For the U.S. to stay independent and be a leader in decarbonization, we’ll need five big “I”s - imperative, improvement, innovation, investment and infrastructure. All five of these enabled the last energy transition referred to as the “shale revolution.” Reviewing that recent history can help frame what is needed for the coming evolution referred to below as “net zero (NZ) electrification.” For this ArView, we’ll focus on the first two — imperative and improvement — the regulatory kind.
Global energy production and consumption is complex and can be divisive, but the imperative to reduce emissions and slow global warming is clear. The fragile bipartisan consensus emerging on infrastructure is some evidence of an imperative for action in the U.S.
Enough Congressional consensus for action is much more important now than it was for the shale infrastructure scale-up because the inherent challenges to permitting, siting and constructing electrical transmission infrastructure will, in our view, require substantive legislative action. Discussion of these challenges and the need for regulatory improvement has been ongoing for well over a decade, but the imperative for action has been lacking due to states’ resistance to federal control and the lack of political constituencies in Congress.
A 2009 Congressional Research Service report predicted the coming priority for faster permitting to enable electrification: “One criticism of current regulation is that it takes many years to permit a project. Expanding federal authority over permitting is viewed as a means of accelerating the process. The underlying assumption is that it is indeed important to build transmission lines faster. For example, if national priorities include quickly putting low carbon generating plants on line to reduce greenhouse gas emissions and to speed the introduction of electric vehicles, then a rapid permitting process may be critical.”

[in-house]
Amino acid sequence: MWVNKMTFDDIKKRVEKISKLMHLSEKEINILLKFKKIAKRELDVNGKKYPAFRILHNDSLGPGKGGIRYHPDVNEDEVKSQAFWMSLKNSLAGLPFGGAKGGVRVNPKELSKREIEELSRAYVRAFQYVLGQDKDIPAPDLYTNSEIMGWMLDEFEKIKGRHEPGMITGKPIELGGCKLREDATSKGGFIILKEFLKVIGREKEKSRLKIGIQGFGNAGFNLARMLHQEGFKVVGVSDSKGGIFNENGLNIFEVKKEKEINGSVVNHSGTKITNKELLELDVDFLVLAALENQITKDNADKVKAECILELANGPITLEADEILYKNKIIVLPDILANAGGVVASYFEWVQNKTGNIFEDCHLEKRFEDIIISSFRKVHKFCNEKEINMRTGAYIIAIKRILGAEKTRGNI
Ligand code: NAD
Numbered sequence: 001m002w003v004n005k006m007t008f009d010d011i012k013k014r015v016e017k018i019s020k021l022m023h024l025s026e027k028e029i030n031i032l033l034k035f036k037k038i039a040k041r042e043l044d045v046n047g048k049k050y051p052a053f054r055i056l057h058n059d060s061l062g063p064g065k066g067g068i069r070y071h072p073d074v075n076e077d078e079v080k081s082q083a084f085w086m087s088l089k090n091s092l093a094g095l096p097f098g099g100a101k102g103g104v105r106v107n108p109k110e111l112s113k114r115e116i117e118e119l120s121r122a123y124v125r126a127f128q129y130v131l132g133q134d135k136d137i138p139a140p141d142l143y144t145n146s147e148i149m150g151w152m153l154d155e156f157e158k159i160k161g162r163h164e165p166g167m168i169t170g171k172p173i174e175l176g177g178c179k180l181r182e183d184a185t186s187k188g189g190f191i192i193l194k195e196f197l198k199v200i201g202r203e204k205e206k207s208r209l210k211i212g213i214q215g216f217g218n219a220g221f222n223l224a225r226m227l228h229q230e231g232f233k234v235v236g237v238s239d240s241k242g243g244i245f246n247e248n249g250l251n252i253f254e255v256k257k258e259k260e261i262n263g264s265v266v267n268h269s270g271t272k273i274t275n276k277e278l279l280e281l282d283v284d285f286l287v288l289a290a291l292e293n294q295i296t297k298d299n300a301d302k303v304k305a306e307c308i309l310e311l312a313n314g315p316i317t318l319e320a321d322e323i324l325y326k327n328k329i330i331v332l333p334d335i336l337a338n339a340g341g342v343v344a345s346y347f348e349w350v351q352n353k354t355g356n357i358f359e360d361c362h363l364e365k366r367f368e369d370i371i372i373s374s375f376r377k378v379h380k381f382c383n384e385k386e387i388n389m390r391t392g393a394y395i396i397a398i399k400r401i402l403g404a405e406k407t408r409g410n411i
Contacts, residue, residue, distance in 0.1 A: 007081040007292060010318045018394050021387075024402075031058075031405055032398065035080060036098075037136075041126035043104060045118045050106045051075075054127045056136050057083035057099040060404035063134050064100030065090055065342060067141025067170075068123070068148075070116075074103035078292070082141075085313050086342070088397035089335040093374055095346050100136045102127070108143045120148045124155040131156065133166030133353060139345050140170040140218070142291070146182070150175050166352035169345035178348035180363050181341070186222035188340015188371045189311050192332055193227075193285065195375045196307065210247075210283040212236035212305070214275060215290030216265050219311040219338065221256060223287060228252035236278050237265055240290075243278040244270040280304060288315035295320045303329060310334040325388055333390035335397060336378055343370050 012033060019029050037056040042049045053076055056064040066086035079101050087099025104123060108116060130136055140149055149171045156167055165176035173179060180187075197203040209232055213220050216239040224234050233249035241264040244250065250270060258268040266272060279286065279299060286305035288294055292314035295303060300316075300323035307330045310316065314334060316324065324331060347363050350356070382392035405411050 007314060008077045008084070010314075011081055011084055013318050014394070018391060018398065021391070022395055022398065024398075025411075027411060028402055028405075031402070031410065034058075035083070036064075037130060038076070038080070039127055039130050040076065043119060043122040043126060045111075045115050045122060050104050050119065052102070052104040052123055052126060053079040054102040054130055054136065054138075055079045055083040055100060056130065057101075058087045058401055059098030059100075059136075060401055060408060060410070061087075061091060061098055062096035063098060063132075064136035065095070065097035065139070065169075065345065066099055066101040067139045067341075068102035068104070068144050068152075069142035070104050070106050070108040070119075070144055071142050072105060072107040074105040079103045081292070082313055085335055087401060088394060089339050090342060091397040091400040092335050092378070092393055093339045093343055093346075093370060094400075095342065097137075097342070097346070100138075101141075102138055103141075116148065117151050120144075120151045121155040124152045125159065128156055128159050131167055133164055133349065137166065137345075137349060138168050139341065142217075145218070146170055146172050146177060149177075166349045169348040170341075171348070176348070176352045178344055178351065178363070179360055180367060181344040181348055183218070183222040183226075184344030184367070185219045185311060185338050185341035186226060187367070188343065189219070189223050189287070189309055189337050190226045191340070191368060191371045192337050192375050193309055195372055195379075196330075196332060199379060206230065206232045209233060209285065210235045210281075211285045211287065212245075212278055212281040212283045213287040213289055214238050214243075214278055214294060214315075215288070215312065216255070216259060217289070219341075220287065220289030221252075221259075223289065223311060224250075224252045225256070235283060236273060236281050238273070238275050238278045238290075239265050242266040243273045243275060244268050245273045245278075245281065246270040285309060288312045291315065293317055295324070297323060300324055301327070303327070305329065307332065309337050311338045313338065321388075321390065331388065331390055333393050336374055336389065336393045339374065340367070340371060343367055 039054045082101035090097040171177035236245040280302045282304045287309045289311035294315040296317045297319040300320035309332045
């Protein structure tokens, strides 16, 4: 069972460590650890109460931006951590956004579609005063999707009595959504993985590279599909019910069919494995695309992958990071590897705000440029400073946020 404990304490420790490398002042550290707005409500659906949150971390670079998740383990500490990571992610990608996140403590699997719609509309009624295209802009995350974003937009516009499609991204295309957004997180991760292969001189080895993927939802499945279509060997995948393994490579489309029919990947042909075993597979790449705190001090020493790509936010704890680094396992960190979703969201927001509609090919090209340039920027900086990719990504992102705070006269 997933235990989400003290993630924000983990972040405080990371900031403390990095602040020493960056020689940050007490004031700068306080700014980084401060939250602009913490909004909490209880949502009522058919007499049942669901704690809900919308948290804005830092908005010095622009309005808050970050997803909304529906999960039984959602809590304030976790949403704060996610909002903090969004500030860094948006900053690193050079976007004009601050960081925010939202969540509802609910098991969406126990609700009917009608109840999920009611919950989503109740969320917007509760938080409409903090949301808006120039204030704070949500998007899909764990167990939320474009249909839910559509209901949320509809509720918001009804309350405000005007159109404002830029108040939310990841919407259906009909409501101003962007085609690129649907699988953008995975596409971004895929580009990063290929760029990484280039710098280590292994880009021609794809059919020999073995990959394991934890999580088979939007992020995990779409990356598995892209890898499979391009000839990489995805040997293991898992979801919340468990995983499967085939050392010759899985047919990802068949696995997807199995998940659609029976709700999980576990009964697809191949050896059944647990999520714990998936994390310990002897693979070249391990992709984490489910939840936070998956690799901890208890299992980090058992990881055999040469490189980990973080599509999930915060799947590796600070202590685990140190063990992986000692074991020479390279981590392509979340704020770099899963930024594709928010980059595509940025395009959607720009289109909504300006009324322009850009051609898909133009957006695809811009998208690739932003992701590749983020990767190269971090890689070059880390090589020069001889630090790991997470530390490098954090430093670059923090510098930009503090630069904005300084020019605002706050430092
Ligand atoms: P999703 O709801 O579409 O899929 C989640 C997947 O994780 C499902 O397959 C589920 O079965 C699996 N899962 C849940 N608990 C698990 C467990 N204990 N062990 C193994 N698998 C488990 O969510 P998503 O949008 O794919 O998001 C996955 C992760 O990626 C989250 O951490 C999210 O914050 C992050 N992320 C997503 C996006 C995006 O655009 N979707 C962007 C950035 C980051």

Transmission permitting is still a state-by-state patchwork that must navigate inevitable and intractable interstate disagreements on environmental impacts, consumer cost allocations, land use and eminent domain acquisition. This is again explored in a 2020 report requested by Congress from FERC which detailed the “barriers and opportunities” for high voltage transmission. It concluded that navigating state processes and stakeholders can cause transmission development to take “in excess of a decade.”
This is in stark contrast to the regulatory and legal paradigm that supported the building of pipeline infrastructure to support the Shale Revolution. That paradigm — based on the 1938 Natural Gas Act and its 1947 amendments — supported the construction of $100 billion worth of interstate natural gas pipelines between 2008 and 2020 that, combined, span 18,195 miles and provide 223 BCF/d of capacity.